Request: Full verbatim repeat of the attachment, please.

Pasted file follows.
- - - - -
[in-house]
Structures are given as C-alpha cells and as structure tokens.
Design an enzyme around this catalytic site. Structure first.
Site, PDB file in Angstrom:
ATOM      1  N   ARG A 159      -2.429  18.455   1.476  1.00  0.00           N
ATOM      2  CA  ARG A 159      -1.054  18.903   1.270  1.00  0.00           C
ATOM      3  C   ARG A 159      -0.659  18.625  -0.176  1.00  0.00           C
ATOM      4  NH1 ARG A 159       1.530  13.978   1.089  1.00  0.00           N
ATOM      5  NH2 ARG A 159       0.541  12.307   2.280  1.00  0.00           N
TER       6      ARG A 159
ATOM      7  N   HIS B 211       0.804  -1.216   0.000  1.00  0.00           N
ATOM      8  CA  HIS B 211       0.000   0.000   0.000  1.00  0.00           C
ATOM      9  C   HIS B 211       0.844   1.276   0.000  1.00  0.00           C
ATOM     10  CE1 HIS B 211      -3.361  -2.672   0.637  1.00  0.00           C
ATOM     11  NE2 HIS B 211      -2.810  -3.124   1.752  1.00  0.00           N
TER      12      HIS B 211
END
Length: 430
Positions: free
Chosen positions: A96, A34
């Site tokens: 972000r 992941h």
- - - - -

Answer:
[in-house]
Structures are given as C-alpha cells and as structure tokens.
Design an enzyme around this catalytic site. Structure first.
Site, PDB file in Angstrom:
ATOM      1  N   ARG A 159      -2.429  18.455   1.476  1.00  0.00           N
ATOM      2  CA  ARG A 159      -1.054  18.903   1.270  1.00  0.00           C
ATOM      3  C   ARG A 159      -0.659  18.625  -0.176  1.00  0.00           C
ATOM      4  NH1 ARG A 159       1.530  13.978   1.089  1.00  0.00           N
ATOM      5  NH2 ARG A 159       0.541  12.307   2.280  1.00  0.00           N
TER       6      ARG A 159
ATOM      7  N   HIS B 211       0.804  -1.216   0.000  1.00  0.00           N
ATOM      8  CA  HIS B 211       0.000   0.000   0.000  1.00  0.00           C
ATOM      9  C   HIS B 211       0.844   1.276   0.000  1.00  0.00           C
ATOM     10  CE1 HIS B 211      -3.361  -2.672   0.637  1.00  0.00           C
ATOM     11  NE2 HIS B 211      -2.810  -3.124   1.752  1.00  0.00           N
TER      12      HIS B 211
END
Length: 430
Positions: free
Chosen positions: A96, A34
């Site tokens: 972000r 992941h």